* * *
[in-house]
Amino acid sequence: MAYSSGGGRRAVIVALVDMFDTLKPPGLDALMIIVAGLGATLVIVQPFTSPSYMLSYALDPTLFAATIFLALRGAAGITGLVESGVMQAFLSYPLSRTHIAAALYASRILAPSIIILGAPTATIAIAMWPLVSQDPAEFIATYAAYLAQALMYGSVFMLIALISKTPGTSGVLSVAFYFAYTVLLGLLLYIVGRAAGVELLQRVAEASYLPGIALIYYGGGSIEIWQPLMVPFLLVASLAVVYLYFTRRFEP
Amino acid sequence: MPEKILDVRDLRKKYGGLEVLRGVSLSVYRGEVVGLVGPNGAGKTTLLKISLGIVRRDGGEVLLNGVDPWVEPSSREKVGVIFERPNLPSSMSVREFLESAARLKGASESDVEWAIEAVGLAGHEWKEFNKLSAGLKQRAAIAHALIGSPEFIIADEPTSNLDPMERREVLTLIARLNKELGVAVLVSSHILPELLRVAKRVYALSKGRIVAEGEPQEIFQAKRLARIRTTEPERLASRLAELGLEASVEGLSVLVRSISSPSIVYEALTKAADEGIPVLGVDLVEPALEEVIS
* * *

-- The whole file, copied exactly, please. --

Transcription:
[in-house]
Amino acid sequence: MAYSSGGGRRAVIVALVDMFDTLKPPGLDALMIIVAGLGATLVIVQPFTSPSYMLSYALDPTLFAATIFLALRGAAGITGLVESGVMQAFLSYPLSRTHIAAALYASRILAPSIIILGAPTATIAIAMWPLVSQDPAEFIATYAAYLAQALMYGSVFMLIALISKTPGTSGVLSVAFYFAYTVLLGLLLYIVGRAAGVELLQRVAEASYLPGIALIYYGGGSIEIWQPLMVPFLLVASLAVVYLYFTRRFEP
Amino acid sequence: MPEKILDVRDLRKKYGGLEVLRGVSLSVYRGEVVGLVGPNGAGKTTLLKISLGIVRRDGGEVLLNGVDPWVEPSSREKVGVIFERPNLPSSMSVREFLESAARLKGASESDVEWAIEAVGLAGHEWKEFNKLSAGLKQRAAIAHALIGSPEFIIADEPTSNLDPMERREVLTLIARLNKELGVAVLVSSHILPELLRVAKRVYALSKGRIVAEGEPQEIFQAKRLARIRTTEPERLASRLAELGLEASVEGLSVLVRSISSPSIVYEALTKAADEGIPVLGVDLVEPALEEVIS